Today, the North Carolina Supreme Court agreed to review a lower court decision in a property rights lawsuit brought against the city of Emerald Isle by the Pacific Legal Foundation (PLF). PLF filed a petition for discretionary review with the Court in December of 2015. In its order granting the petition, the Court did not make clear on what grounds it is reviewing the case.
At issue is whether local governments in North Carolina must respect private property rights in dry beach land and pay compensation when occupying such lands for public use. J. David Breemer, an attorney with PLF, summarizes the facts of the case:
The case arises from Emerald Isle, a barrier island on North Carolina’s Atlantic shore. Gregory and Diane Nies own a residential, beachfront lot that extends seaward to the high tide mark. Their ownership includes the dry sand beach area in front of their home.
After they acquired the property, the Town of Emerald Isle enacted an ordinance that made a 20-foot ribbon of their dry sand beach area into an “unimpeded Town vehicle lane” for police cars, ATV’s, garbage trucks and the like. It also passed an ordinance that allowed the public to drive and park on all private dry sand areas, like that owned by the Nieses, after payment of a fee to the Town. The facts of the case are set out in more detail here and here.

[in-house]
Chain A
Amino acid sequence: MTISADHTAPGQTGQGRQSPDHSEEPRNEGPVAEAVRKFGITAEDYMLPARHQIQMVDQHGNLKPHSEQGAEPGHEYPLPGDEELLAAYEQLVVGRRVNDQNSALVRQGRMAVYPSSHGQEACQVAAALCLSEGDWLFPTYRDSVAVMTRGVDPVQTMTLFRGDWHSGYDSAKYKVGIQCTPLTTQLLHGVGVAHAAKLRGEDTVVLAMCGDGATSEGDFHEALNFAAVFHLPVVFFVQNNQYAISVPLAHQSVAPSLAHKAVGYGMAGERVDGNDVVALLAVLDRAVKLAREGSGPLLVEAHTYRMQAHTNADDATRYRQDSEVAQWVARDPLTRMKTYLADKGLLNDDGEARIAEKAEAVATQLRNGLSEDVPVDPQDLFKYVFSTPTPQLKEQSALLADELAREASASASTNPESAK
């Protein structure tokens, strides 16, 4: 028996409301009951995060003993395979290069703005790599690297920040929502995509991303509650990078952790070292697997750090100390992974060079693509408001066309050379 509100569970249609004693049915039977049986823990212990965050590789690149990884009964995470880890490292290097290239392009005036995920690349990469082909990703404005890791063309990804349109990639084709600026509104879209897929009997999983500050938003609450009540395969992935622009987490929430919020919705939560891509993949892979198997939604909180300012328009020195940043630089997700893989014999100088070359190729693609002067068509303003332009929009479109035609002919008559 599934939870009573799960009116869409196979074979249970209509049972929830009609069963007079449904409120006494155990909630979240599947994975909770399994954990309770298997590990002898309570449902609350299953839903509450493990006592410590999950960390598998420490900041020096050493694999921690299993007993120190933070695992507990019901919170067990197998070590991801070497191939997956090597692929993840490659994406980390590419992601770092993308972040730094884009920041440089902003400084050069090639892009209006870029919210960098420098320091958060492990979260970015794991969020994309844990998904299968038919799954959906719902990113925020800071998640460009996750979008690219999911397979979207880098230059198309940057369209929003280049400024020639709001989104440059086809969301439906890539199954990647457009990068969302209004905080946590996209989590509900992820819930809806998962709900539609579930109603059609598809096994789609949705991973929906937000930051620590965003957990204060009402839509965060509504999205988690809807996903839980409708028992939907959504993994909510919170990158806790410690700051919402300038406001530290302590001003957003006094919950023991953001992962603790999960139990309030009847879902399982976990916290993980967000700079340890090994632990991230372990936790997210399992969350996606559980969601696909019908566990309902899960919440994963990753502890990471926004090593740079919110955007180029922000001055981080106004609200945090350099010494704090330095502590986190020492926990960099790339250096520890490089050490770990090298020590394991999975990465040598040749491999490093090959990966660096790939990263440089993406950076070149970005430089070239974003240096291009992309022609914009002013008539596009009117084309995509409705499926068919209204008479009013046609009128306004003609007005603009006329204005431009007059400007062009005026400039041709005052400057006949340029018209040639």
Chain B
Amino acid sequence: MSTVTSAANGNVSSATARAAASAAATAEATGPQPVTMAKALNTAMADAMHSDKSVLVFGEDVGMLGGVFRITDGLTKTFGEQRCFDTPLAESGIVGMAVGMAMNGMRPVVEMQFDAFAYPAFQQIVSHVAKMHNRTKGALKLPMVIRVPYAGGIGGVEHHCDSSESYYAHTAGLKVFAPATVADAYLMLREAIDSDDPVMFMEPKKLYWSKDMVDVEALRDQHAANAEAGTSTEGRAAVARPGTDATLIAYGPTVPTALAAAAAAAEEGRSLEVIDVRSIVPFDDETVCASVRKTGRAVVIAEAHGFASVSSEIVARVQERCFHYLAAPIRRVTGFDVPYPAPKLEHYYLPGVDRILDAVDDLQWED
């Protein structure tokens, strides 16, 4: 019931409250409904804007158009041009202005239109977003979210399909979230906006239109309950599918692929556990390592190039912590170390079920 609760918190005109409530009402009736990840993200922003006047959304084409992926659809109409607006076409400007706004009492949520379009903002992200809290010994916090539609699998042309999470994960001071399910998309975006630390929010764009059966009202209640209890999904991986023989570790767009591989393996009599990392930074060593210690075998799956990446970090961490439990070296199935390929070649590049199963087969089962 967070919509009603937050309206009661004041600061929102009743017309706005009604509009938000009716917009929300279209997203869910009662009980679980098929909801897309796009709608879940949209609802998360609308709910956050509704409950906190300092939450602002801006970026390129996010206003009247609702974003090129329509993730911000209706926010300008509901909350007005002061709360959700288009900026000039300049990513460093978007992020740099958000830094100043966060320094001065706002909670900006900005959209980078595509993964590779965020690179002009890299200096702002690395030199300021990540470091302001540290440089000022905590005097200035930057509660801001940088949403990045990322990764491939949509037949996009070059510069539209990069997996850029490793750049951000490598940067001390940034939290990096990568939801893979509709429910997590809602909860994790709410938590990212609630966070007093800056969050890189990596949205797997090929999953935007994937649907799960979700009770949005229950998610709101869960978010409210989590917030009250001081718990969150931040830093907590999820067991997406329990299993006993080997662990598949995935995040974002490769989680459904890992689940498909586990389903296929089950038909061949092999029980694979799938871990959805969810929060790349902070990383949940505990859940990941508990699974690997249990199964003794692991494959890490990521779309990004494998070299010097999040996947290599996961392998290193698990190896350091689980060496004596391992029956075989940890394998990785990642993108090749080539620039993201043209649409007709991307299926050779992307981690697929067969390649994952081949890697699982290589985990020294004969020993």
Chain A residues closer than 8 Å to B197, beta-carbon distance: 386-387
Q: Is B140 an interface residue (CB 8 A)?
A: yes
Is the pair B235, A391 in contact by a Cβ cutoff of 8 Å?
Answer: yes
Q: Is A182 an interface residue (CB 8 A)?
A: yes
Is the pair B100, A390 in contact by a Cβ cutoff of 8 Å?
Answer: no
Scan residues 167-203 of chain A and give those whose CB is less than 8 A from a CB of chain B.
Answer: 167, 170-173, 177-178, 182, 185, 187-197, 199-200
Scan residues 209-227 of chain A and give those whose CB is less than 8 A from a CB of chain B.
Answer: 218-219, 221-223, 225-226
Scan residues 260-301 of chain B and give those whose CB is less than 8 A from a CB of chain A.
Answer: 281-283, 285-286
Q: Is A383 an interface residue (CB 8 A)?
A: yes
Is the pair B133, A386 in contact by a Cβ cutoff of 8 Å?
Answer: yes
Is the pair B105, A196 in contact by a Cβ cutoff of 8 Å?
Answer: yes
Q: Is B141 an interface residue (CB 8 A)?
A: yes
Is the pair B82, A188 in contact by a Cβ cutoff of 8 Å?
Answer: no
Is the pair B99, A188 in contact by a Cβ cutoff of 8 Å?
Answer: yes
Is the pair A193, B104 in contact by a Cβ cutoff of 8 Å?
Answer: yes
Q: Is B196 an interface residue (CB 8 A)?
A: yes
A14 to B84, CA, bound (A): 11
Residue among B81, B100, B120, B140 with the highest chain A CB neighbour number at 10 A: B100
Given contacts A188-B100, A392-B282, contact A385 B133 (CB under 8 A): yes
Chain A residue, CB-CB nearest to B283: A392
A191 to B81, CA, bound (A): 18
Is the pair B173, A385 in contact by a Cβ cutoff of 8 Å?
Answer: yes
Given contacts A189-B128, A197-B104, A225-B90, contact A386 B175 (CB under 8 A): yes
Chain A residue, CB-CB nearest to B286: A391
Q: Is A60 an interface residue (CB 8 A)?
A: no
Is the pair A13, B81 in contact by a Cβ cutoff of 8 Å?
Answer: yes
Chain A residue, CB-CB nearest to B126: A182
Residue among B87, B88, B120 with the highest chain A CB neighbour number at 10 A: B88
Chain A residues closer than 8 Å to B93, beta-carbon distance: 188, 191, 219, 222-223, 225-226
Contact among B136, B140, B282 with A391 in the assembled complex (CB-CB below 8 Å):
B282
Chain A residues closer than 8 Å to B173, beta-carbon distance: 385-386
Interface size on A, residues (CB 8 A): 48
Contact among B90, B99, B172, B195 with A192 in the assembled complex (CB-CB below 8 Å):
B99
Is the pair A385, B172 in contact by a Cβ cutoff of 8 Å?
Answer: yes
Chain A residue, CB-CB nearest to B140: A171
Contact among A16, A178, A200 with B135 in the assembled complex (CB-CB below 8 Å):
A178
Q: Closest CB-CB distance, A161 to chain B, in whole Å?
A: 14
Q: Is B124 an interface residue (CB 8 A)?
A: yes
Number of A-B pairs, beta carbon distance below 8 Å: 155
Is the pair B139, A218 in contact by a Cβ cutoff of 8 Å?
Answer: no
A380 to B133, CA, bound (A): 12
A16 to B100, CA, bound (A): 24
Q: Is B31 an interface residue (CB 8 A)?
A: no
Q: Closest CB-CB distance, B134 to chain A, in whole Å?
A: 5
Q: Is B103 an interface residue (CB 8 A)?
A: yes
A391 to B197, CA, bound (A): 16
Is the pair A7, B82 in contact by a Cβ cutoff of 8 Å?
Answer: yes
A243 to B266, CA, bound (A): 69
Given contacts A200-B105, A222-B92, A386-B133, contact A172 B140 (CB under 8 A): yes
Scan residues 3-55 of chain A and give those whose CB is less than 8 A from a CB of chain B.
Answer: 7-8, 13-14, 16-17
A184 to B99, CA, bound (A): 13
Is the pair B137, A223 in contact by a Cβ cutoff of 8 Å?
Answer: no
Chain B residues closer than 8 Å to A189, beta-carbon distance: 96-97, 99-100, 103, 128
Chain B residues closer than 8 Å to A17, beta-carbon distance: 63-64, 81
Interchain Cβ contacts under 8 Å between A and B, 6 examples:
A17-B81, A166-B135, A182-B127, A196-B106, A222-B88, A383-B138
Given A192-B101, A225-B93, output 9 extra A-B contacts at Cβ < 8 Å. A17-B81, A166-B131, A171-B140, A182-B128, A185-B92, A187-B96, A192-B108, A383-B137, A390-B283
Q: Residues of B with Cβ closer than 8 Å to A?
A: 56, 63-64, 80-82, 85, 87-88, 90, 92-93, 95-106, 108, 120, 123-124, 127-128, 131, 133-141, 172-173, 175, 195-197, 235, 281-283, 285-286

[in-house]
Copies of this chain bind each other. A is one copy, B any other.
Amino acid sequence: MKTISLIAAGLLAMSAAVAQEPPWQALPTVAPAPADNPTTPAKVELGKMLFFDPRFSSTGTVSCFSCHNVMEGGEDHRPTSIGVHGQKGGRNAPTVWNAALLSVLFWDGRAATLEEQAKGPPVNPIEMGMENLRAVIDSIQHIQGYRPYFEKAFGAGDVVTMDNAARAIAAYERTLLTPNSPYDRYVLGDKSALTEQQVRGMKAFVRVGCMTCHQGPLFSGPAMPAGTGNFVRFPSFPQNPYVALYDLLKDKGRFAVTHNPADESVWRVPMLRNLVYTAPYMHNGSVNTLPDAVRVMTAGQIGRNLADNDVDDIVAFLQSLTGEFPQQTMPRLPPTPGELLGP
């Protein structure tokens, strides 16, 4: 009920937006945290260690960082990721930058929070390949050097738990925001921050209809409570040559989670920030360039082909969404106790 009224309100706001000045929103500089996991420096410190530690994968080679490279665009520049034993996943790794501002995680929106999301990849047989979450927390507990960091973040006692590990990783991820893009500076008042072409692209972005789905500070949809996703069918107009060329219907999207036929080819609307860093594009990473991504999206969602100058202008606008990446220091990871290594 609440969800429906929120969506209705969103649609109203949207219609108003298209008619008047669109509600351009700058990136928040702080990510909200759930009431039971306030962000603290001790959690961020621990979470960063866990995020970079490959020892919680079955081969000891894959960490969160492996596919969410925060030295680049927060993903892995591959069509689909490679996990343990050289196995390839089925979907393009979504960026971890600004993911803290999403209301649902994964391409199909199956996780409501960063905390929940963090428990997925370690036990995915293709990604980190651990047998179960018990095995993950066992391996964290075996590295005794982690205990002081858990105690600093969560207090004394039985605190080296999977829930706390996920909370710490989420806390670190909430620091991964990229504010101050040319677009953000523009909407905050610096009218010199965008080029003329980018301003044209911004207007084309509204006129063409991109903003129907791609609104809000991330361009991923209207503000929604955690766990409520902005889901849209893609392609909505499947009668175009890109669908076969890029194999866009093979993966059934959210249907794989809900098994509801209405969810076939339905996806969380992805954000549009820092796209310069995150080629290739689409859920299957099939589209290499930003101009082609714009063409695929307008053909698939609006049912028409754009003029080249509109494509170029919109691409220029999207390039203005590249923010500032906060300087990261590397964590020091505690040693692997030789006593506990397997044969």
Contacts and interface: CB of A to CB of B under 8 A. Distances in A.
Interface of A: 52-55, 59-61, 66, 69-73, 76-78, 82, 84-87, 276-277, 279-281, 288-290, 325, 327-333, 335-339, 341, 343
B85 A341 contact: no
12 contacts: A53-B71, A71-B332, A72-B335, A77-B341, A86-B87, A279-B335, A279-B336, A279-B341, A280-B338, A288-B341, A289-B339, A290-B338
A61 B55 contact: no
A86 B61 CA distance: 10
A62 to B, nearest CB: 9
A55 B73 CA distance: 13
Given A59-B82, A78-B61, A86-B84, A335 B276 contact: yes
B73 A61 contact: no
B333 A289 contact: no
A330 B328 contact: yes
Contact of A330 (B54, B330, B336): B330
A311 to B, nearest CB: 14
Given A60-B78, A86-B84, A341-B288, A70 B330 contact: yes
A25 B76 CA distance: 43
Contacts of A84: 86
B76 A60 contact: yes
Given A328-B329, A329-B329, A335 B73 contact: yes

The result is that the Town converted the Nieses’ dry sand property into a Town expressway and a parking lot and dirt road for the public, without consent and without paying them anything. The Nieses therefore sued the Town, contending it had taken their property, and particularly their right to control or deny access to it, in violation of the North Carolina and United States Constitution.
Learn more about the case here.